Detailed Information

Cited 0 time in webofscience Cited 1 time in scopus
Metadata Downloads

Successful Management of and Recovery from Multiple Cranial Nerve Palsies following Surgical Ventral Stabilization in a Dog with Atlantoaxial Subluxationopen access

Authors
Song, Joong-HyunHwang, Tae-SungJung, Dong-InJeong, Hee-JunHuh, Chan
Issue Date
Jul-2022
Publisher
MDPI
Keywords
atlantoaxial subluxation; dog; polymethylmethacrylate; tongue paralysis; ventral stabilization
Citation
VETERINARY SCIENCES, v.9, no.7
Indexed
SCIE
SCOPUS
Journal Title
VETERINARY SCIENCES
Volume
9
Number
7
URI
https://scholarworks.bwise.kr/gnu/handle/sw.gnu/1110
DOI
10.3390/vetsci9070322
ISSN
2306-7381
Abstract
Simple Summary Ventral-approach techniques have been broadly employed for the surgical stabilization of atlantoaxial subluxation. The postoperative complications following ventral stabilization may include upper-respiratory, pharyngeal, and laryngeal dysfunction due to inadvertent damage to adjacent structures, such as the larynx, trachea, and neuronal tissues. The exact causes and management methods for postoperative complications after ventral stabilization have not yet been fully elucidated. Implanted polymethylmethacrylate cement can cause multiple cranial nerve palsies affecting the adjacent nuclei of the cranial nerves or their peripheral roots or axons. Early revision surgery may promote the full recovery of the affected neurological dysfunctions. Clinicians should consider cranial nerve palsies as major complications of ventral stabilization surgery in patients with atlantoaxial subluxation and be cautious about the volume and extent of polymethylmethacrylate during ventral stabilization, especially in very-small-breed dogs. A 4-year-old spayed female miniature poodle dog presented with a 1-week history of acute tetraparesis. A neurological examination revealed severe neck pain and non-ambulatory tetraparesis. Computed tomography and magnetic resonance imaging showed hypoplastic dens with moderate compression of the spinal cord at C1-C2. The atlantoaxial subluxation (AAS) was surgically stabilized using ventral pins and polymethylmethacrylate (PMMA) cement. On the second postoperative day, the patient showed significant dyspnea, and aspiration pneumonia was identified on radiography. The patient exhibited dysphagia with abnormal food prehension and an inability to protrude the tongue, with no gag reflex. We tentatively diagnosed the patient with multiple cranial nerve (CN) palsies involving the 9th, 10th, and 12th CNs following surgical ventral stabilization. The protruding cranial part of the implanted PMMA cement, which could mechanically contribute to the corresponding CNs dysfunction, was surgically removed. The symptoms gradually improved, and the patient showed normal tongue movement 1 month after revision surgery. In conclusion, we report herein a canine case of multiple CN palsies following ventral stabilization surgery for AAS. The experience gained from this case suggests an optimized management plan for postoperative neurological complications associated with ventral stabilization.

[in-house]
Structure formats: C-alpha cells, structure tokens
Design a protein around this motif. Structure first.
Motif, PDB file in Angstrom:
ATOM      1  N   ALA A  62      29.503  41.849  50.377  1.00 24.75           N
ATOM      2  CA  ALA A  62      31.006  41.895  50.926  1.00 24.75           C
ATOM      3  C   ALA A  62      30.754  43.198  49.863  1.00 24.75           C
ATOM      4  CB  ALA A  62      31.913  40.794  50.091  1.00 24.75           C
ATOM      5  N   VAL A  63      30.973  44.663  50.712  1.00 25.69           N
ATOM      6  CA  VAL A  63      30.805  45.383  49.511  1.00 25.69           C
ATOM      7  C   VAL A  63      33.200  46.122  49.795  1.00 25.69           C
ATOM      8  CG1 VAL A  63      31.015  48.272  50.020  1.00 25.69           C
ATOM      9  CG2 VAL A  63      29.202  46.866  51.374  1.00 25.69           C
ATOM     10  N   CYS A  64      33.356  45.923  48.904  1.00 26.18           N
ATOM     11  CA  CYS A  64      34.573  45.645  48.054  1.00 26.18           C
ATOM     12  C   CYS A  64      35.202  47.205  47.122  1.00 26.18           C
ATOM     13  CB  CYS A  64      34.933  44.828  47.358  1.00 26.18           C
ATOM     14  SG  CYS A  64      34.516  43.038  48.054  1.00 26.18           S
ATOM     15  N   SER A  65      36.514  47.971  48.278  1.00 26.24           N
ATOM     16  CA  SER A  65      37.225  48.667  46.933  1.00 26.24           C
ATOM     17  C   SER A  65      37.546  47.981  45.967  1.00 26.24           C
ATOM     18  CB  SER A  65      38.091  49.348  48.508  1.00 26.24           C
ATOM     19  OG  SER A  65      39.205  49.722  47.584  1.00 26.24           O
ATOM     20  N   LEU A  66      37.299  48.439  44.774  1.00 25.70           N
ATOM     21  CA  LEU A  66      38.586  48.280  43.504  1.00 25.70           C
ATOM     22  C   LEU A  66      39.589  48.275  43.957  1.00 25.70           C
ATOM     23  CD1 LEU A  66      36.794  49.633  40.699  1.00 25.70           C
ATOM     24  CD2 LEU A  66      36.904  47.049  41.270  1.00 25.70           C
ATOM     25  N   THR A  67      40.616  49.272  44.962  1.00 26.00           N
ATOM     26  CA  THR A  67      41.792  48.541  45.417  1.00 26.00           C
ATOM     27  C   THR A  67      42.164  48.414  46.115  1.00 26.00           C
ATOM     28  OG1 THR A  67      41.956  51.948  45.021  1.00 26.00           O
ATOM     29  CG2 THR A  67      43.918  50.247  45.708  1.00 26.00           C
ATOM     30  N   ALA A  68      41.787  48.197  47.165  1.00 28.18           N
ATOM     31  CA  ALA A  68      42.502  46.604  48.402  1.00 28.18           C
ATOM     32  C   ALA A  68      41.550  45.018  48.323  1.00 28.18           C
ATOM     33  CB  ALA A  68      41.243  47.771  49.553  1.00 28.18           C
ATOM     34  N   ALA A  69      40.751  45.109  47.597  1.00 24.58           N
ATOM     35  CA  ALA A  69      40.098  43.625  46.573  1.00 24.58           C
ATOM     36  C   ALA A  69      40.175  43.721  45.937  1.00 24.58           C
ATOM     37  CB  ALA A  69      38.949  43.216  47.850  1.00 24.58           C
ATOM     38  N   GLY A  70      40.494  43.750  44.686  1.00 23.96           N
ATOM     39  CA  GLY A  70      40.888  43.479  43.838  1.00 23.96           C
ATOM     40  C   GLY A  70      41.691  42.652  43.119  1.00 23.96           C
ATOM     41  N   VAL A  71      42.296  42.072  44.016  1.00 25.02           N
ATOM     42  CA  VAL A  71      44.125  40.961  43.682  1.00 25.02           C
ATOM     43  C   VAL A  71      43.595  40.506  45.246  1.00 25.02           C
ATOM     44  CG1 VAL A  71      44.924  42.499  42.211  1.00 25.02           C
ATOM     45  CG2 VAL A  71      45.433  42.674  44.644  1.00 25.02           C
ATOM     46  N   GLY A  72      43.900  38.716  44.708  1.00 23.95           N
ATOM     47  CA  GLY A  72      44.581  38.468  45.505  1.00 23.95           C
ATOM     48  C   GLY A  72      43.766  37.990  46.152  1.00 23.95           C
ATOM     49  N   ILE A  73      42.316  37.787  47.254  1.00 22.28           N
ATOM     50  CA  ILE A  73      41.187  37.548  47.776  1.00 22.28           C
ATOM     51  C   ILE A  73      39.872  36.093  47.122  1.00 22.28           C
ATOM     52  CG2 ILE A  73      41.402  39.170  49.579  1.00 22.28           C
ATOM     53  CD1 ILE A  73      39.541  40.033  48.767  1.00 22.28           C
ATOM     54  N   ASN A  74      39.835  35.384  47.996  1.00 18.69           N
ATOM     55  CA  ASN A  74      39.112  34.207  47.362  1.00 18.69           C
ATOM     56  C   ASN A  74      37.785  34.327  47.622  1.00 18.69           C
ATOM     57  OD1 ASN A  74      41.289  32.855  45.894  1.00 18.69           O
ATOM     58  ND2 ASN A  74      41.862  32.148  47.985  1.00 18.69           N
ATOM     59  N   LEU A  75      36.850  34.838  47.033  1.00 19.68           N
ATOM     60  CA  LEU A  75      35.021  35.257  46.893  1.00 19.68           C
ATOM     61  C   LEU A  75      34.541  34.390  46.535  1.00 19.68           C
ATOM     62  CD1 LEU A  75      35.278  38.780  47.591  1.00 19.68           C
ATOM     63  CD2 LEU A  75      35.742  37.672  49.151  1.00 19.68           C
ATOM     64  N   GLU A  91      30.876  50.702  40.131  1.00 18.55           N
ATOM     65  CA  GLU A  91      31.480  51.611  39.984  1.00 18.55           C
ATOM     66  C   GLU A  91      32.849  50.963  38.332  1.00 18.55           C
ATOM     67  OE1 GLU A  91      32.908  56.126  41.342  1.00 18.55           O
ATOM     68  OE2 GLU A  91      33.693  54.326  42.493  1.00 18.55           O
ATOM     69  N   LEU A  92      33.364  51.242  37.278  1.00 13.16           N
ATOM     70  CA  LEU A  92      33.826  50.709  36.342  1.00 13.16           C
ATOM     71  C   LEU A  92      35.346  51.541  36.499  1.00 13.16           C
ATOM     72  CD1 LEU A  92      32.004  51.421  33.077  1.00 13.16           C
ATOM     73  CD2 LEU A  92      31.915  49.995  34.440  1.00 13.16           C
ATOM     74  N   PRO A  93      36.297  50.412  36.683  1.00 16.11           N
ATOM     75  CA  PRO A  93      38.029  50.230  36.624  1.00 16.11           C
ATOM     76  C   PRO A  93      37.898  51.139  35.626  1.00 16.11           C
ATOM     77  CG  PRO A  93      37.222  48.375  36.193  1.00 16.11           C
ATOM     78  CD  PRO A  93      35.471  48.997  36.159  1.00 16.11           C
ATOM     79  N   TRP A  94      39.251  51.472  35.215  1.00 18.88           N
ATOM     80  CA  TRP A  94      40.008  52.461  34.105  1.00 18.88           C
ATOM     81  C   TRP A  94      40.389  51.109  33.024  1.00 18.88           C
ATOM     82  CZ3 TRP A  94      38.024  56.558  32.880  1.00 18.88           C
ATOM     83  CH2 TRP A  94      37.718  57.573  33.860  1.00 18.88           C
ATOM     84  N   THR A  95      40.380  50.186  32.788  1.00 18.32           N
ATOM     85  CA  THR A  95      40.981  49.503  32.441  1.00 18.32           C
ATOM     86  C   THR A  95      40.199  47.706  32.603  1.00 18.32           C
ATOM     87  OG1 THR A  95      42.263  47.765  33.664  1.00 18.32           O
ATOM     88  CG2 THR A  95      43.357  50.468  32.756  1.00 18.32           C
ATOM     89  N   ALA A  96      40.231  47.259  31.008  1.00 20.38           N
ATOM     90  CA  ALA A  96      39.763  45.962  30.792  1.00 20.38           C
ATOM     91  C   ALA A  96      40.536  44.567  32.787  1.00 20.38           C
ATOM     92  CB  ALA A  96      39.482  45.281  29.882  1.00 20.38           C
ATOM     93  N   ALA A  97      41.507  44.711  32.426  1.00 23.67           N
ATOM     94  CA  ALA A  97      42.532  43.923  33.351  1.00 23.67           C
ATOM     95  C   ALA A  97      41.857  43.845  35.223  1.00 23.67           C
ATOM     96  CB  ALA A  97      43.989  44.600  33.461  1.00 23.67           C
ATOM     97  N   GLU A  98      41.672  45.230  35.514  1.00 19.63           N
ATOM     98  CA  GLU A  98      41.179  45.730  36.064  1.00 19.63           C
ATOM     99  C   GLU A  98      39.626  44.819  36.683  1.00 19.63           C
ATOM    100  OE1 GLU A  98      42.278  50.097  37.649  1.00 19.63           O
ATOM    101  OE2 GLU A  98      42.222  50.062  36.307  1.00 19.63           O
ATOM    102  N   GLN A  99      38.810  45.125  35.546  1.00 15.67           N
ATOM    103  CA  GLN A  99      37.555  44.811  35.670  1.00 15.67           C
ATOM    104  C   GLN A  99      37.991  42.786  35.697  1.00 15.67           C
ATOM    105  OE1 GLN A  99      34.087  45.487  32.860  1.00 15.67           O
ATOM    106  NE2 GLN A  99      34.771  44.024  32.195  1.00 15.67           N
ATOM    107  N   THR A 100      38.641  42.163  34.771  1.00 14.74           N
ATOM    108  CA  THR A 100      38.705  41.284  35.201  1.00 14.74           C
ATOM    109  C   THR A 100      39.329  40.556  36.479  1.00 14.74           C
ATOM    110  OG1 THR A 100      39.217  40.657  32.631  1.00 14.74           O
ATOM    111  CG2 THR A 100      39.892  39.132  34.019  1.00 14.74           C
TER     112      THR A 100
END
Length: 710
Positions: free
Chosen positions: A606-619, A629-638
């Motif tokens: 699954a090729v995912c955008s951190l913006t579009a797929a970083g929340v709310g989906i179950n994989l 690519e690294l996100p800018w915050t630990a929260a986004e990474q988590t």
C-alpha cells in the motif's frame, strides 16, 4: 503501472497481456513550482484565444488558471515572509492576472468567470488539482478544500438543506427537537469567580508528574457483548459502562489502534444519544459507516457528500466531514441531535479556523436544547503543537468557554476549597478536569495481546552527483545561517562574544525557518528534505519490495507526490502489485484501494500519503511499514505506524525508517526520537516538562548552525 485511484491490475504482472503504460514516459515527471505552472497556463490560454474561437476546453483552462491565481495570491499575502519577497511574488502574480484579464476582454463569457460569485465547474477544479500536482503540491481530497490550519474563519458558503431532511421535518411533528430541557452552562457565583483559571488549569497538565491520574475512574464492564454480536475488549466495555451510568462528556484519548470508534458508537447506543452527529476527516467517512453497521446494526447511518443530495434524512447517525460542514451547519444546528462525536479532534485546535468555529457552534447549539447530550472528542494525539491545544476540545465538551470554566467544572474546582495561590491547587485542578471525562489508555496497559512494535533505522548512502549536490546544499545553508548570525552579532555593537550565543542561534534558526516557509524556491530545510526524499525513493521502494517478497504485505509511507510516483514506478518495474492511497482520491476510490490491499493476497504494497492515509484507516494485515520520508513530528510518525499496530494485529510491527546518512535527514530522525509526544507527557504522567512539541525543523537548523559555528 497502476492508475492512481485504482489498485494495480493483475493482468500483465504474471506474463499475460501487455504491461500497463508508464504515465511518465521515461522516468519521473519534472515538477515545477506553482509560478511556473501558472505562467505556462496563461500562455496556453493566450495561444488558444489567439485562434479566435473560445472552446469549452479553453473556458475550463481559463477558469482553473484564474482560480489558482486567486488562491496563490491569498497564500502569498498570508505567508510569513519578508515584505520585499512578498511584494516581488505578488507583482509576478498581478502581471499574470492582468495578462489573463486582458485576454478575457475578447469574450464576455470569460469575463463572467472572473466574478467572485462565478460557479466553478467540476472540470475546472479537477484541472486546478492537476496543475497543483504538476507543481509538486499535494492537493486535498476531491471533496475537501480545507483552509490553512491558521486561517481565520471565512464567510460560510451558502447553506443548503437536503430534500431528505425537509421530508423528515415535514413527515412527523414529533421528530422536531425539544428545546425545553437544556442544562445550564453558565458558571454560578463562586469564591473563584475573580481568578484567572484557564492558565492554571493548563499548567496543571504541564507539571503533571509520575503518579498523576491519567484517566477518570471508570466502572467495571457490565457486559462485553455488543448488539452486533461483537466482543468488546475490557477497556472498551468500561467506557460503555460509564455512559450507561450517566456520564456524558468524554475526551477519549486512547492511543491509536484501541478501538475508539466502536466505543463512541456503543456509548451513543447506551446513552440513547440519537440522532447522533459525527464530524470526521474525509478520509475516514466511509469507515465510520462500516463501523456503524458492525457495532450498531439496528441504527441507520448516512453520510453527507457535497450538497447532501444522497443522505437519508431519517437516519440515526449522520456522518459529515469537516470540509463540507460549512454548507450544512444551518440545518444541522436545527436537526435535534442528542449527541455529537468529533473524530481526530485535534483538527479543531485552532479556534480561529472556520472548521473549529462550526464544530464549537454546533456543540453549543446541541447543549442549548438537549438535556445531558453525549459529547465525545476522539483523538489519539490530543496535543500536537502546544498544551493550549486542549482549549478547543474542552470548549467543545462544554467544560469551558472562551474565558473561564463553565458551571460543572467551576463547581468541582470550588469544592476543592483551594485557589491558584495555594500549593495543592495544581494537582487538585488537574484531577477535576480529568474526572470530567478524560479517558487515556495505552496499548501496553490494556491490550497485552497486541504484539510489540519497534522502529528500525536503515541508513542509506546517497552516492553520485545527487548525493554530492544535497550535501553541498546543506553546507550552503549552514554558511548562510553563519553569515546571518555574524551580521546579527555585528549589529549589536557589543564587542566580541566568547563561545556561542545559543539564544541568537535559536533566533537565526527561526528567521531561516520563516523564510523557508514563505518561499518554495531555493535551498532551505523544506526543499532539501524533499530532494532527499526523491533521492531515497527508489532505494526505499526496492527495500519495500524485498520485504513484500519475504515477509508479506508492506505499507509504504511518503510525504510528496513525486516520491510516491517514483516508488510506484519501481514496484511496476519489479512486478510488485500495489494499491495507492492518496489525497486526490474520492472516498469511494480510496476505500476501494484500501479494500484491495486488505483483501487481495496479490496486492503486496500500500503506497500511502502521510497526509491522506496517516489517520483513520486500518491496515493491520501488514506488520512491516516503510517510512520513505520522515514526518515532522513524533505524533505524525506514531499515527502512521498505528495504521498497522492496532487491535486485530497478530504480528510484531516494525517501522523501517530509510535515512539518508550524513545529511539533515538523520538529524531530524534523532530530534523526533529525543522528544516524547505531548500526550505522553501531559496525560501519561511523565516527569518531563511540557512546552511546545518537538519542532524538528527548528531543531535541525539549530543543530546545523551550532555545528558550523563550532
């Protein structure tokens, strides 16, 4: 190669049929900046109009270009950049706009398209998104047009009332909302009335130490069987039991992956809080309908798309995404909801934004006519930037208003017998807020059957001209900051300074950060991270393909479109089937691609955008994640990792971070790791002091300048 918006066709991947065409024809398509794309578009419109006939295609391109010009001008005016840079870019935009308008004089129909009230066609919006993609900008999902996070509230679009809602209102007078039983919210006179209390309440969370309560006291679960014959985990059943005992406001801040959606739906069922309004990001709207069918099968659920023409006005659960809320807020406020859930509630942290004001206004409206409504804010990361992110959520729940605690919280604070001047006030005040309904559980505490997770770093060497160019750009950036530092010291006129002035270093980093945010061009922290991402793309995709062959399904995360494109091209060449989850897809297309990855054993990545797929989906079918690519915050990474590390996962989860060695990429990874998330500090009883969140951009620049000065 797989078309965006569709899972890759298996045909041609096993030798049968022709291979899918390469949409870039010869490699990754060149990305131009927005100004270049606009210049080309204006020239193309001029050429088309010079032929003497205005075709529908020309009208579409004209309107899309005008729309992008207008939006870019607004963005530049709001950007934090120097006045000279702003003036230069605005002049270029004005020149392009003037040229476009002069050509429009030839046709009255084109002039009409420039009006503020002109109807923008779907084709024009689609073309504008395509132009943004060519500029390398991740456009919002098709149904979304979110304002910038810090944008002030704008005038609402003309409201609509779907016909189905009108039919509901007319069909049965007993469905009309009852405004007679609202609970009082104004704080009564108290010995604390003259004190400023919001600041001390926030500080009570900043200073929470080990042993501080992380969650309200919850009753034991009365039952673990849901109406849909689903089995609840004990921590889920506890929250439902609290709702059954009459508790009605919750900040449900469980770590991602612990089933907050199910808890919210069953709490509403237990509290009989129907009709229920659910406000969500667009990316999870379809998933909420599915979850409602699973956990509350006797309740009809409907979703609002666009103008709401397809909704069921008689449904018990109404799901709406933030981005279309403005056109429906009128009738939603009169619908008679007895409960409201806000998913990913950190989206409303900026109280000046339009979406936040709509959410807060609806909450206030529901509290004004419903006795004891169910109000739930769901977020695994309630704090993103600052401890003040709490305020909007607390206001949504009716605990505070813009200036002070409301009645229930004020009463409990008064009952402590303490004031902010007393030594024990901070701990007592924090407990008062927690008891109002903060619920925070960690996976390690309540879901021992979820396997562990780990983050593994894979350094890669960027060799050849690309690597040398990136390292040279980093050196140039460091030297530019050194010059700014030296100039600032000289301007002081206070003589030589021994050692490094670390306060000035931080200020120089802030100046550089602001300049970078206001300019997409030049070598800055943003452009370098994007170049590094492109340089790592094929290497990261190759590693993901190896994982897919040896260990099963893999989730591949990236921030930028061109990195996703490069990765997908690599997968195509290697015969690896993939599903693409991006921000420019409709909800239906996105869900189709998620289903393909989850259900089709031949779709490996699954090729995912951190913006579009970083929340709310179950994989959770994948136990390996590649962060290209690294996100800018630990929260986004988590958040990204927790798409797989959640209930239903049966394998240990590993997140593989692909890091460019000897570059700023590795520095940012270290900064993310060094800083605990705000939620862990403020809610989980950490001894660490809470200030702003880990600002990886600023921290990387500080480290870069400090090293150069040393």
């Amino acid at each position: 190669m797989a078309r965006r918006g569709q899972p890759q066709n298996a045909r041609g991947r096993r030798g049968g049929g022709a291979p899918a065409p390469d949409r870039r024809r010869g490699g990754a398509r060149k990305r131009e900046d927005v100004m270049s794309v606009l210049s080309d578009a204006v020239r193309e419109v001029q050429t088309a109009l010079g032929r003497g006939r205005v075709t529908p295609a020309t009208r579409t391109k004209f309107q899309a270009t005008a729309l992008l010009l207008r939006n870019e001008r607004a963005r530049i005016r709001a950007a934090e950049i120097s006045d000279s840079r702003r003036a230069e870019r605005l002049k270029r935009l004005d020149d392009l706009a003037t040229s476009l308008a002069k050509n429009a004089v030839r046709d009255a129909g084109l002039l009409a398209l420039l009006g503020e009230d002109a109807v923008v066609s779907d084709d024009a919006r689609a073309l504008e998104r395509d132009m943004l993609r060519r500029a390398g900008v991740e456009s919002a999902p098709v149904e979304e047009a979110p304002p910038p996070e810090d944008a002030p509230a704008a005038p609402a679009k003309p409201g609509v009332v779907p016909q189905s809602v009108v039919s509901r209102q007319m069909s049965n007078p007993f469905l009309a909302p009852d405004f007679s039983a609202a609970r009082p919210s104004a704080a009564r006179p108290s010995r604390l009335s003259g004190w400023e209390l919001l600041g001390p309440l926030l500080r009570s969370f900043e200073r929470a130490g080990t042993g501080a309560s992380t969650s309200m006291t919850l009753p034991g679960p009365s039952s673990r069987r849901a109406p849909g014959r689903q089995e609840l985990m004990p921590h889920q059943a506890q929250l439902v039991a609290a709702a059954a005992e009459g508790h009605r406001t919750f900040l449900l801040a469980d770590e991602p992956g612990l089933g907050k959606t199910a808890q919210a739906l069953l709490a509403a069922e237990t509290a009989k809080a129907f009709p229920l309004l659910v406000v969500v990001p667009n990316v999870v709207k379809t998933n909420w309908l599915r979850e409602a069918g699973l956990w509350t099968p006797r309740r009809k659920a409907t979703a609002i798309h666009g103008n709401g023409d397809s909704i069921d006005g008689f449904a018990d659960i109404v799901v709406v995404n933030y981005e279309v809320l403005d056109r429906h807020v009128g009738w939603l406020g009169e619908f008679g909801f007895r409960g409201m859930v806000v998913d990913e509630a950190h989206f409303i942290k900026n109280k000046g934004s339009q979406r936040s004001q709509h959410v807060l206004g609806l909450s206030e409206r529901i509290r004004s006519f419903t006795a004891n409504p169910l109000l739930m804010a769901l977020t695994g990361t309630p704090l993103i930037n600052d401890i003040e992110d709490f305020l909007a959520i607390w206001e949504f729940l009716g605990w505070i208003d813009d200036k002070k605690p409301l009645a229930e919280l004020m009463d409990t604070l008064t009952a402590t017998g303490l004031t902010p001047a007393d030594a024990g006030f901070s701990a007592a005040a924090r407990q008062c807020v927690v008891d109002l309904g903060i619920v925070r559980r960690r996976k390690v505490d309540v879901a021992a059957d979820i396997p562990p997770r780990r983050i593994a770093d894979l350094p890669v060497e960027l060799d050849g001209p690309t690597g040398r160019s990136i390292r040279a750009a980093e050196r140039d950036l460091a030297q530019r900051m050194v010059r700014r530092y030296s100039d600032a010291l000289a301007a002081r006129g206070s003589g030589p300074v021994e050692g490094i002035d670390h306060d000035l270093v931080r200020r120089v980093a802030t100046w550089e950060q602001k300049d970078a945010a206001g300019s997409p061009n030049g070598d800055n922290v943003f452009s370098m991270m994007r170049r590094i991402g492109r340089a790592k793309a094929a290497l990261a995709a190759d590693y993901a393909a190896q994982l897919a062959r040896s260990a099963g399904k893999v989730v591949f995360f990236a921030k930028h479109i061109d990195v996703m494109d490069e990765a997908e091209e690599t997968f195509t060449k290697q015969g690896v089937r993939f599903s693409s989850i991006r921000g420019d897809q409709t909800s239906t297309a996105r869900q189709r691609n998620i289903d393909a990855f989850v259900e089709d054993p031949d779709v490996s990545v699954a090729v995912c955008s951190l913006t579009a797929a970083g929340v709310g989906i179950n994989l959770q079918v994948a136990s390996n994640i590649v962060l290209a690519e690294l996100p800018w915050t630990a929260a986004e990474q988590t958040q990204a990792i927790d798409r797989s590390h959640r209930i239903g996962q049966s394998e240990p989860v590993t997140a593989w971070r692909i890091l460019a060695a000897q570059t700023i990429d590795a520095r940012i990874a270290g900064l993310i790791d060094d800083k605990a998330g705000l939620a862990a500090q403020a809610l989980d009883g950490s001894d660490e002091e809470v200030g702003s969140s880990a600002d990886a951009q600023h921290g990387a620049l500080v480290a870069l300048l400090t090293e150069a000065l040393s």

Files in This Item
There are no files associated with this item.
Appears in
Collections
수의과대학 > Department of Veterinary Medicine > Journal Articles

qrcode

Items in ScholarWorks are protected by copyright, with all rights reserved, unless otherwise indicated.

Related Researcher

Researcher Hwang, Tae Sung photo

Hwang, Tae Sung
수의과대학 (수의학과)
Read more

Altmetrics

Total Views & Downloads

BROWSE